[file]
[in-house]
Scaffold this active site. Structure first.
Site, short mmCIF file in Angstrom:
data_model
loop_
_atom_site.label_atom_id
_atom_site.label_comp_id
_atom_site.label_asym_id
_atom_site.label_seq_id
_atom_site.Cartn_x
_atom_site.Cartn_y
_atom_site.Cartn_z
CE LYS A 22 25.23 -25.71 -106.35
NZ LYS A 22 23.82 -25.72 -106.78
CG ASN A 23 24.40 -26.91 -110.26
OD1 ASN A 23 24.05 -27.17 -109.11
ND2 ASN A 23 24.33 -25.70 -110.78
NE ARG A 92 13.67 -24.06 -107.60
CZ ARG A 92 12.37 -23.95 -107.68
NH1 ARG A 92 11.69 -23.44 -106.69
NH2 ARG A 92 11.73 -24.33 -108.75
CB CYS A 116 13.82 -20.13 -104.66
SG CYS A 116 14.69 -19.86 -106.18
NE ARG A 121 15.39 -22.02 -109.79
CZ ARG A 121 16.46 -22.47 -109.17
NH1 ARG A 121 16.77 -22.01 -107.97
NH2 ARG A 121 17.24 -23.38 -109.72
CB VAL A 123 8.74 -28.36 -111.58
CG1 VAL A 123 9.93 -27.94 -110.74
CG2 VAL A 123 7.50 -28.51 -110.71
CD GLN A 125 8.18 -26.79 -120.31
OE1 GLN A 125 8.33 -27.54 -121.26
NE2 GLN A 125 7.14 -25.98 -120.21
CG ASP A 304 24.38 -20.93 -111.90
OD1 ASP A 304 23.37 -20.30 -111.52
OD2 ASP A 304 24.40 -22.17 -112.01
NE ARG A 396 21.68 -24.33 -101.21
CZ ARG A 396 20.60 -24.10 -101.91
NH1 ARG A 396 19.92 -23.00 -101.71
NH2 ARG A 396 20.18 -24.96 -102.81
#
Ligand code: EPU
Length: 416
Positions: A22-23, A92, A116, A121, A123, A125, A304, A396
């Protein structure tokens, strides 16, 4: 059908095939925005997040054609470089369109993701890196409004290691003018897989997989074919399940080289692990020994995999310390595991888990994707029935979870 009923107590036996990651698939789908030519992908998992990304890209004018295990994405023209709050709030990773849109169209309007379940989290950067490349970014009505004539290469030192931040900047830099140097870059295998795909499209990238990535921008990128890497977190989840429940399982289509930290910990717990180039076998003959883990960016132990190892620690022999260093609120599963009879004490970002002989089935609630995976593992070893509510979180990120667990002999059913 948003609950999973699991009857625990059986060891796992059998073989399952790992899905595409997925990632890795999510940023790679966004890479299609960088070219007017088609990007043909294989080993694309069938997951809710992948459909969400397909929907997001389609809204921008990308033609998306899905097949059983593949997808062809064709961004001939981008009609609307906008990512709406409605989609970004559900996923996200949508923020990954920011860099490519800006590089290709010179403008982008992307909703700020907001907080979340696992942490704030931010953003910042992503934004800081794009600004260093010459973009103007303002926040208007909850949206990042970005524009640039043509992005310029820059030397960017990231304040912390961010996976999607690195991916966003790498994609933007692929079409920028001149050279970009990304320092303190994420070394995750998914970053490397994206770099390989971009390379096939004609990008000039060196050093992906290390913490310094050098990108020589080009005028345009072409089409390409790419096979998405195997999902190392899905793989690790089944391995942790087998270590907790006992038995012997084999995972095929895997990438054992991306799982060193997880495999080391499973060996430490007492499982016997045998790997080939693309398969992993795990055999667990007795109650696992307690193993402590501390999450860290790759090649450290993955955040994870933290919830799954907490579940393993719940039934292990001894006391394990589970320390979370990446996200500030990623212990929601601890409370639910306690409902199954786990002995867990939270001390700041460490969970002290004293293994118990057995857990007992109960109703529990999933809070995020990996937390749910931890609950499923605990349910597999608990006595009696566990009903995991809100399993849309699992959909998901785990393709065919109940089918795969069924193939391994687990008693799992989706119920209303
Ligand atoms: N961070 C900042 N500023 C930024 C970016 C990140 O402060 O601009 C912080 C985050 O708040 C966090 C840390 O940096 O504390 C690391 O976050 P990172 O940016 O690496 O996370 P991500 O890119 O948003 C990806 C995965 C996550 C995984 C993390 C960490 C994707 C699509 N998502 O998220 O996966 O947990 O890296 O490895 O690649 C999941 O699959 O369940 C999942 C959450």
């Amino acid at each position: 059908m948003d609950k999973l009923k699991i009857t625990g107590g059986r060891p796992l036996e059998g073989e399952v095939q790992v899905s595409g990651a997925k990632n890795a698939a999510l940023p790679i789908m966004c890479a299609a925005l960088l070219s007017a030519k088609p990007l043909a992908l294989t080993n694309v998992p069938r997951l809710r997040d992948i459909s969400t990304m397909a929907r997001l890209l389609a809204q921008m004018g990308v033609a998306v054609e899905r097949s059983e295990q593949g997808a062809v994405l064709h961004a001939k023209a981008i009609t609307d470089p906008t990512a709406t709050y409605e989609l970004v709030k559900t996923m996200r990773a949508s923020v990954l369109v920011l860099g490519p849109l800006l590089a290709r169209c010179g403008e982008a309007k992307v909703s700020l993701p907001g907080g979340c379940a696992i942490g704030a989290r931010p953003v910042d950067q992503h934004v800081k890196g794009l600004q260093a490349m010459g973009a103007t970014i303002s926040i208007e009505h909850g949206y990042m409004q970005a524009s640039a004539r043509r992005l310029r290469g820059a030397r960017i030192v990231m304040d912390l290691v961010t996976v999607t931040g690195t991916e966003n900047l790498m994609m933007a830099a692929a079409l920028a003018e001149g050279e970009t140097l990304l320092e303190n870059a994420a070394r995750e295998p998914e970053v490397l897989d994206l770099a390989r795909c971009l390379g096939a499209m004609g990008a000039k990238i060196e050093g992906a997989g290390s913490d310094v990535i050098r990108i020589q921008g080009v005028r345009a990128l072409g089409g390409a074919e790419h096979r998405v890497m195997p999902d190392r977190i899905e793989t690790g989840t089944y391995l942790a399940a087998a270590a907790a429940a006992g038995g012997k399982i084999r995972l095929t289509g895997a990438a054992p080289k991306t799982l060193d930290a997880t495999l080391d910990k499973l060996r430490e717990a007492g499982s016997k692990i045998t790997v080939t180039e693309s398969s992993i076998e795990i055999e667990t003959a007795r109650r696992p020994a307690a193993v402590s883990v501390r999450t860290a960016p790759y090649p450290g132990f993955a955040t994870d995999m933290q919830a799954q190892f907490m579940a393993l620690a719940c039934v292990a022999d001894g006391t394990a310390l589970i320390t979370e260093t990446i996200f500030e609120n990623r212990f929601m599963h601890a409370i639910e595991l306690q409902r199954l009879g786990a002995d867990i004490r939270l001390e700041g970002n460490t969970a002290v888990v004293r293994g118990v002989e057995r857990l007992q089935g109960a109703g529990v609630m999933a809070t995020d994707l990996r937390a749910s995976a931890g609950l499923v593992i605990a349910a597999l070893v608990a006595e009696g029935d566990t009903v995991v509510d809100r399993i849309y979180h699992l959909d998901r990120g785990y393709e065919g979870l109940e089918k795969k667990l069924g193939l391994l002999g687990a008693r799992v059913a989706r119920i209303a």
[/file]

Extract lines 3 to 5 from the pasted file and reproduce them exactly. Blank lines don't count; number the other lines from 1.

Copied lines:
Site, short mmCIF file in Angstrom:
data_model
loop_